There is no sin. Laila feels as free as the birds in the spring. Mating is natural and there is no sin involved. Outside of Indonesia, free from social conventions, this feeling manifests itself. But Laila is caught up in illusion.
She is a tormented soul. Her love is unsure: Shakuntala is in many ways the opposite of Laila; independent with radical views, while Laila is bound to the perceptions of family. Laila frequently refers to parents and they are a source of guilt. She is the one in the group who suffers the most from relationships, platonic ones according to Shakuntala. The ideas of virginity and sexual purity before marriage have become problems for Laila, Shakuntala reveals: Why is Laila, my friend who cares well for her virginity, always crazy about guys who do not care about the idea of purity.
The Laila threatened by the hymen of the walls of a passage reminding of a spider web becoming a sign of ghosts in an empty house. Like reversed magnets she searches safety in the armpits of men who do not care and becomes excited by it.
But she will not confess. No, it is not like she does not confess. She is not aware that she has an unknown self. Shakuntala influences Laila with her attitudes in dialogues: Perhaps because I never had a trauma. Her vagina always closed itself every time a penis was at the threshold asking to enter.
She had a subconscious sexual trauma. She was at one extreme. I am at another. Because I am still a virgin. Shakuntala who is androgynous, does well as a male impersonator. She uses her abilities and sensibilities to seduce Laila. Shakuntala teaches Laila how to dance tango. The confused Laila cries on her shoulder. Sihar, Saman and Shakuntala flow together in Ayu Utami is conscious of and accustomed to the theories of the subconscious and psychoanalysis referred to in the diary-like writing, which is one main reason why the writing is transparent.
Characters reveal their deepest thoughts. They make love there in the park on the bench and wake up happy: She perceives the man in Shakuntala. Shakuntala embraces Laila. She notices that her suffering friend, the unknown Laila, wants to be touched.
Shakuntala fondles and kisses her. I know you have never experienced an orgasm. Also when you made out with him. Now I will not let you meet that man until you know what it is like, until you know your own body. After this you are allowed to go: The sexual attitudes are distinct and metaphorically described with a self-sustaining carnivore flower, denoting a predatorial sexual attitude, which contrasts with the norms Laila has, until then, succumbed to.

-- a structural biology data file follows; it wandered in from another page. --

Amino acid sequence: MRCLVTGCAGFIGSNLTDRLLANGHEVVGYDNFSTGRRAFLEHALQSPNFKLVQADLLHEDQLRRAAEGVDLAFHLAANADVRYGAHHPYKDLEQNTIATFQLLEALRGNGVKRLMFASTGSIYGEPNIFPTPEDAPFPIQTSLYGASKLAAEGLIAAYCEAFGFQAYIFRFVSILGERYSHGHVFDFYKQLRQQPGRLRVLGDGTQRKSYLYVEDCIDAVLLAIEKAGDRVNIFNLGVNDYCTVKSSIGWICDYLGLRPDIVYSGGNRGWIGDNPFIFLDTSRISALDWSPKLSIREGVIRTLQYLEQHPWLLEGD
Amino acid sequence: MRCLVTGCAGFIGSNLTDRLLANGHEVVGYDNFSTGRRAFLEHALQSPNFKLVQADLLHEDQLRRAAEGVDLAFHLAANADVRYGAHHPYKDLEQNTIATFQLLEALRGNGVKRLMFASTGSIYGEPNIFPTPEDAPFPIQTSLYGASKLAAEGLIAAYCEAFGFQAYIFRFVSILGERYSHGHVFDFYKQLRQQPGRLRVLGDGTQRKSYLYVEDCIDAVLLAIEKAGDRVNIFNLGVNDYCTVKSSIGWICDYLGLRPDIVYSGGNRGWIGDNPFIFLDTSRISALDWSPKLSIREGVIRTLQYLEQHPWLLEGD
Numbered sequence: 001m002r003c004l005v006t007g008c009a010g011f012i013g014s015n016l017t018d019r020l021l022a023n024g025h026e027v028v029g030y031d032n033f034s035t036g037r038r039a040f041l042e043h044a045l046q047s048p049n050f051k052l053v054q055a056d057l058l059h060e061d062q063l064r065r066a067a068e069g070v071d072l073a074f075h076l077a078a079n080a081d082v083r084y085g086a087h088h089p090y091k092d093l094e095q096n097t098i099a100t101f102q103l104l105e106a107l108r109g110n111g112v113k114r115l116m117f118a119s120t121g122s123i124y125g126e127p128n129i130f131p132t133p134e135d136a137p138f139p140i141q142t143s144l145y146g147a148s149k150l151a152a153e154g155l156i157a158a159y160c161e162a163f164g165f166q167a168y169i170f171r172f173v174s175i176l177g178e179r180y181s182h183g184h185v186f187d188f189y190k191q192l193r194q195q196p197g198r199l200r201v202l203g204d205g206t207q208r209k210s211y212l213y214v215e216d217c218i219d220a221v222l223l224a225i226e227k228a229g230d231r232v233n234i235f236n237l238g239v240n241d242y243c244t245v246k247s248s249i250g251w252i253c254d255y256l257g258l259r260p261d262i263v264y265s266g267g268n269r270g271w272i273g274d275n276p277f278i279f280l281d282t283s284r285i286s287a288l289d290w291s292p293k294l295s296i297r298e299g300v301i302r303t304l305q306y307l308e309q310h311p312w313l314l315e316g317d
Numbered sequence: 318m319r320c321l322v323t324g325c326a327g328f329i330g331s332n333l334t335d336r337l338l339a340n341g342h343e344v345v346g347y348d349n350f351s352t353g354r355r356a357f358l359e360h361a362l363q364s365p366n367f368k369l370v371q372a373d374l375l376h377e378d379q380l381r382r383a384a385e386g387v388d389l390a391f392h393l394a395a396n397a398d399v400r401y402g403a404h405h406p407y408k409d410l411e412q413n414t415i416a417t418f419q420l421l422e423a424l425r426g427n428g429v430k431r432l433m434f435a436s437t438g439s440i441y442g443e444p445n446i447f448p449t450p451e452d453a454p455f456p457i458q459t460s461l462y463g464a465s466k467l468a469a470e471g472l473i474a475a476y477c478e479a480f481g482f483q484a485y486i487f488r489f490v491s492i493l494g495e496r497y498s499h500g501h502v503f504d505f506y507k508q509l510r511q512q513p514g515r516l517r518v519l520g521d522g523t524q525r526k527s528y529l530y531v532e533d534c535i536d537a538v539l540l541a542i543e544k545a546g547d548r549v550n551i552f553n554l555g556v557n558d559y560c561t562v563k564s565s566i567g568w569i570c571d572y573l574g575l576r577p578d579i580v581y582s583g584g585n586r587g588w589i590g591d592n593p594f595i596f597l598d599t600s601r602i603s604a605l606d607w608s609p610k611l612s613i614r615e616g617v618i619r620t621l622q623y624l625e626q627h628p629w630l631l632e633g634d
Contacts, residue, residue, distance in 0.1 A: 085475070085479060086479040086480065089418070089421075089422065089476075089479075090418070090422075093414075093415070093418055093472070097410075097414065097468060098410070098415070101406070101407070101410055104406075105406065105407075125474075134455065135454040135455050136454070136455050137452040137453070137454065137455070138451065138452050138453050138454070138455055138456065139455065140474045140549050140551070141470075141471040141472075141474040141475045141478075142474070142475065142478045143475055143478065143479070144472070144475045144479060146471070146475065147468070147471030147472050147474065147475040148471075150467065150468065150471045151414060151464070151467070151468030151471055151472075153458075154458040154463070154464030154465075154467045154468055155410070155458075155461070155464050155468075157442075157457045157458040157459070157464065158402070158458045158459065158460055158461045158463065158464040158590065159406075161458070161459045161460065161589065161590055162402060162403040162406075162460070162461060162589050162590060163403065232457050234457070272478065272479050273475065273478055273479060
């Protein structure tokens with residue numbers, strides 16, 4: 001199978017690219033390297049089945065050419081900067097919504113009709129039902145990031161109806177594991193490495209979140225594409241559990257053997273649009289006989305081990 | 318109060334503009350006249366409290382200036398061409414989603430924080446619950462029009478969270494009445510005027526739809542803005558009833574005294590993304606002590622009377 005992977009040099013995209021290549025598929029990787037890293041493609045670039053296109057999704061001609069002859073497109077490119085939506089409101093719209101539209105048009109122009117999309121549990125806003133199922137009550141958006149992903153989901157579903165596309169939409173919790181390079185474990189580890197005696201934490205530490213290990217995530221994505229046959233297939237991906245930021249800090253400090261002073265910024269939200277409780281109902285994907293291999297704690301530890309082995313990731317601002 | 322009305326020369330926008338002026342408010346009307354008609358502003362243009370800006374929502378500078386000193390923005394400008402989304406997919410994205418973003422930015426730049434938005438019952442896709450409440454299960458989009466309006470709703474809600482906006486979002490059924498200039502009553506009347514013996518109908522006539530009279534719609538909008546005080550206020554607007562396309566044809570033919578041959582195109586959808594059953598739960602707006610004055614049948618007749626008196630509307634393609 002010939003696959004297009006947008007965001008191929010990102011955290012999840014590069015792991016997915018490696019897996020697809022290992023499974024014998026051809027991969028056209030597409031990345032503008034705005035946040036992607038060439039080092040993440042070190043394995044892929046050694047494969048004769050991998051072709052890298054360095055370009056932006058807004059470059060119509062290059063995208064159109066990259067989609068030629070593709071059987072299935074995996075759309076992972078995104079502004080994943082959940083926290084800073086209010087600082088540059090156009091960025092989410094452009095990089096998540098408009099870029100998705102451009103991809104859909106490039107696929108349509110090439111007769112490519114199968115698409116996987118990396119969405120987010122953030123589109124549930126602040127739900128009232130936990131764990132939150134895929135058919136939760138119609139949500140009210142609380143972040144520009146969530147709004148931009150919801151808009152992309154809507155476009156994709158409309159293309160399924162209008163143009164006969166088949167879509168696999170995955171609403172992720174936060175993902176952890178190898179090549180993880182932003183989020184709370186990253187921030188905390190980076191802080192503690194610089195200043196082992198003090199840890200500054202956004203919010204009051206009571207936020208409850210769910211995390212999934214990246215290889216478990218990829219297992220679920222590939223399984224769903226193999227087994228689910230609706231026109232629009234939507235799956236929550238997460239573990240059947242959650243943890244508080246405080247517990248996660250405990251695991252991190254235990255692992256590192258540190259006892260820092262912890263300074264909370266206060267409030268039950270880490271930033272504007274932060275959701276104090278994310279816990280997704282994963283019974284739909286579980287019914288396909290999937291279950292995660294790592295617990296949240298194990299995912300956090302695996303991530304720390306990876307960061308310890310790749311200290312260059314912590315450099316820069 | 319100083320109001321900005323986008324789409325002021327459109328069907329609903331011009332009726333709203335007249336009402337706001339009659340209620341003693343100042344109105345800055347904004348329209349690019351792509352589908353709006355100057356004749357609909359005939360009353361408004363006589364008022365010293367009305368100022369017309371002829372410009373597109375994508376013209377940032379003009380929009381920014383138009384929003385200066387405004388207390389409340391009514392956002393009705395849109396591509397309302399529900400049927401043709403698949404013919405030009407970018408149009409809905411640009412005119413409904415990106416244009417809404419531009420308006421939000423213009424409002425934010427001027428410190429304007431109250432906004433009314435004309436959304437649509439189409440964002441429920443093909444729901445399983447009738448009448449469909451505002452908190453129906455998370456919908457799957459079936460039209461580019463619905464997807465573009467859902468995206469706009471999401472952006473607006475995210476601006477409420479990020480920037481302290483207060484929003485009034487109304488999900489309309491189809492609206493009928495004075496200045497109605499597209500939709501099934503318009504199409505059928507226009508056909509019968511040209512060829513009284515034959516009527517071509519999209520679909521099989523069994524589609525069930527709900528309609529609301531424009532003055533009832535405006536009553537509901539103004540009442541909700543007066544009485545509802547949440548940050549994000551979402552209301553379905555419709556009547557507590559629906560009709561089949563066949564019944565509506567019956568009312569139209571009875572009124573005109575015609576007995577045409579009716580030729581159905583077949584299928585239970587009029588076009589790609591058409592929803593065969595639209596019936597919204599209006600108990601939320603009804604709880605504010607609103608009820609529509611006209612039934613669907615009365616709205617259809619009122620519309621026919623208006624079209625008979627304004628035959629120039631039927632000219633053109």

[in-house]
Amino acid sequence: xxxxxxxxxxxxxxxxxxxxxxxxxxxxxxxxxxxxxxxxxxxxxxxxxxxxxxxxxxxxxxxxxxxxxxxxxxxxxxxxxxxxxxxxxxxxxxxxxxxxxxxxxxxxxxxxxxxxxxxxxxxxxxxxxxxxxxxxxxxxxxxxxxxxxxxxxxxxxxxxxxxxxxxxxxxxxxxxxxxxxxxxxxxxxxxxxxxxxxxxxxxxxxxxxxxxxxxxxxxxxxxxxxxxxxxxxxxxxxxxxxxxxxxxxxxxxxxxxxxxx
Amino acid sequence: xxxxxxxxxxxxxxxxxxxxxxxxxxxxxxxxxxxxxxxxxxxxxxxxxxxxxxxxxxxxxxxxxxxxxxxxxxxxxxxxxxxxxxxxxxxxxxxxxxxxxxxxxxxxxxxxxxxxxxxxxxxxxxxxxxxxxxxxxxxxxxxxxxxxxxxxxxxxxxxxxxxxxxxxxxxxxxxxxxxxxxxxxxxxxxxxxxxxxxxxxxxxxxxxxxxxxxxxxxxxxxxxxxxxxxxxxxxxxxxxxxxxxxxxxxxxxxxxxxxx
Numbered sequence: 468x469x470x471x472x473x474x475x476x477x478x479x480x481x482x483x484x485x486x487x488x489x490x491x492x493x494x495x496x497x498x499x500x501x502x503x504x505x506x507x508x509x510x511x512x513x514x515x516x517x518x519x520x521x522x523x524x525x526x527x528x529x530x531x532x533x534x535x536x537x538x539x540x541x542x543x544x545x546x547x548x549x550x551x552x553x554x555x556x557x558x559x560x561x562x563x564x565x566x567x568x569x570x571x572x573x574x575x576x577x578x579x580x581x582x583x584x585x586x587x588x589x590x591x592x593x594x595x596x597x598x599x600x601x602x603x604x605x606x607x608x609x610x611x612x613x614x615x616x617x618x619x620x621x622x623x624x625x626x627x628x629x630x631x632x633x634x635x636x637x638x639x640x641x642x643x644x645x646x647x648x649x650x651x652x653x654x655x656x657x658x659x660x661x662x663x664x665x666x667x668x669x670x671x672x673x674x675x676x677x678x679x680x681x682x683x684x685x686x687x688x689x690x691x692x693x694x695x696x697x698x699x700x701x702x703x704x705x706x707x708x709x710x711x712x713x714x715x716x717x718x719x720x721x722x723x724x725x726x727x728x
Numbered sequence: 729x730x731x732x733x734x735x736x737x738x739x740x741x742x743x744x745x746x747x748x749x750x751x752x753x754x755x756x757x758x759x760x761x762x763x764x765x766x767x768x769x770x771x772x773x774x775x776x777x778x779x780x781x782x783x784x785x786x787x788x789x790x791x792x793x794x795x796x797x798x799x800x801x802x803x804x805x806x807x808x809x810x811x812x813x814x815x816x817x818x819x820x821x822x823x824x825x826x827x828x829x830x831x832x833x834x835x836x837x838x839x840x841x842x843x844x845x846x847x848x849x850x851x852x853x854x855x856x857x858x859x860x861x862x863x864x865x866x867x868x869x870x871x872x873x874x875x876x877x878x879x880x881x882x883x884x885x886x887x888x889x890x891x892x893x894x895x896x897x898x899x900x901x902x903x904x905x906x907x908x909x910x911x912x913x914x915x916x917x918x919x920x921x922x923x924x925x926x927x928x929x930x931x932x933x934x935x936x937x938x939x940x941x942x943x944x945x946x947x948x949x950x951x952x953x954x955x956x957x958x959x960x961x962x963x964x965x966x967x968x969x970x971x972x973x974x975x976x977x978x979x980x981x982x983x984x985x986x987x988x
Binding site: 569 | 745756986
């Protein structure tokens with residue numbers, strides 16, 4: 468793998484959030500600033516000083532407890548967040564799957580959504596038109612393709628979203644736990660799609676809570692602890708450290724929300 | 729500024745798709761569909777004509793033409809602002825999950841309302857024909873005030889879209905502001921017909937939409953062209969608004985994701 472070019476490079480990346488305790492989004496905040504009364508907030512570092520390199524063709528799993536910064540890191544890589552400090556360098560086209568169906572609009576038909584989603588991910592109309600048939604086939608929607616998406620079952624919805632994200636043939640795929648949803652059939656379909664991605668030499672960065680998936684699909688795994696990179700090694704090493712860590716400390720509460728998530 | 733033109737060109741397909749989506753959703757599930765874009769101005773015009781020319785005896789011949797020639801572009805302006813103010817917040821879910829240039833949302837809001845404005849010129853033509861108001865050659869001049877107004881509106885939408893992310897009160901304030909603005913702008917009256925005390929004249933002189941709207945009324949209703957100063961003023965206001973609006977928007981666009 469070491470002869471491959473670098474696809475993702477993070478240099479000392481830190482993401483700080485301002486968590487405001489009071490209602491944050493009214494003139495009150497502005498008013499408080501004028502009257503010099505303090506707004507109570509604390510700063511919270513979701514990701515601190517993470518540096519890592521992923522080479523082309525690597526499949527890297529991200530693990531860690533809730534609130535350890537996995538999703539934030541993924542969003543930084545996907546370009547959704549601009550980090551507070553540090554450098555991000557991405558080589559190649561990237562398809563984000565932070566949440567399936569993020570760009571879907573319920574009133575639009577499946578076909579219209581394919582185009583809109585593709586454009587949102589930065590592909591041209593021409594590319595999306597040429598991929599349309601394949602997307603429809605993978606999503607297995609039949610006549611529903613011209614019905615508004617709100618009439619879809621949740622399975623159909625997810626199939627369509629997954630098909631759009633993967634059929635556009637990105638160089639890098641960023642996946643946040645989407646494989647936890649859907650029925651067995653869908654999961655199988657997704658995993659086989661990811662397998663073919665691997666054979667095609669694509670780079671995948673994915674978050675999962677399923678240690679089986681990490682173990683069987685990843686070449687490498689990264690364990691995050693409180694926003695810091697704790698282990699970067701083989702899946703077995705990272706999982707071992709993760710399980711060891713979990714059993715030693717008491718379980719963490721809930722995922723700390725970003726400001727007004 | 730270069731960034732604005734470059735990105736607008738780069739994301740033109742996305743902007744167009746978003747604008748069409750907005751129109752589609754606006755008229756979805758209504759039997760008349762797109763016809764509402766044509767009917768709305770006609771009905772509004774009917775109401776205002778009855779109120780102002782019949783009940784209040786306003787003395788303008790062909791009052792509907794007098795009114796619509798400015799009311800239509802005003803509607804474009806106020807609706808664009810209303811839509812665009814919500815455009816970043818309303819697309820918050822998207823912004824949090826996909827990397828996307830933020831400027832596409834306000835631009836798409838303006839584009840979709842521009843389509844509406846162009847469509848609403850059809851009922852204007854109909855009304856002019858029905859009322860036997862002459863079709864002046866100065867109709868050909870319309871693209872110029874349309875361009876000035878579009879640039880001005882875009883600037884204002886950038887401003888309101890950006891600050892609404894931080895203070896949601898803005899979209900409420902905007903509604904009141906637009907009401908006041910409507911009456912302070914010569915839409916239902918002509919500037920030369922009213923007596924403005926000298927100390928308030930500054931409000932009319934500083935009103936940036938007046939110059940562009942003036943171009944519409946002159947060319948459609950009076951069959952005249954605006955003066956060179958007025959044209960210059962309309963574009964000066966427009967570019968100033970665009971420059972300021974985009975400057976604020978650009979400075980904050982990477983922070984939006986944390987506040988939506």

The above passages represent social change, or call it sexual revolution in literature. Lesbianism is a bigger taboo than female sexuality and is a frequent motif in recent female writing, such as Herlinatiens and Rusmini Shakuntala is bisexual and her friend Laila too, at least to some extent. It breaks the gender dualism. Like Shakuntala, who once was healed by a woman, Laila is in turn helped, although her relationship with men is never resolved.
Shakuntala is not a freak. She only wants to help her friend who suffers from the norms of exalted virginity. She told her the secret that she was a valuable vase of China that must not be damaged, because if it is people will throw it in the dustbin. Shakuntala would not be damaged as long as she kept her virginity. Later Shakuntala became disappointed when she found out that every girl has it. Shakuntala decided to give it to her beloved giant. In rebellion she broke it with a teaspoon and gave it to a dog as intermediary.
The exalted ideas of virginity are in this case transmitted in metaphors as in a fairy tale. In other words it is perceived as a myth fed by parents representing a common view, a myth radically broken with the teaspoon and given to the one Shakuntala loves.
Her escapades in senior high school caused her parents to exile her to Bali after they had found condoms in her bag. Yasmin Moningka is a lawyer from a wealthy family who works close to NGOs and rights-organisations. Cok writes of Yasmin in her diary from the groin Why do you think we plan to go to New York to see The original text has capital letters.
Laila has a crush on that man and you want to shag that ex- priest. Your mouth is so rough. Elu nggak suka, ya, cara gue mengawali diary ini? Emang kamu pikir apa yang bikin kita ke New York nengok si Shakuntala? Laila ngebet sama laki orang itu, dan kamu mau ngentot sama mantan pendeta itu. Kasarnya mulutmu! She is married to Lukas, her first lover.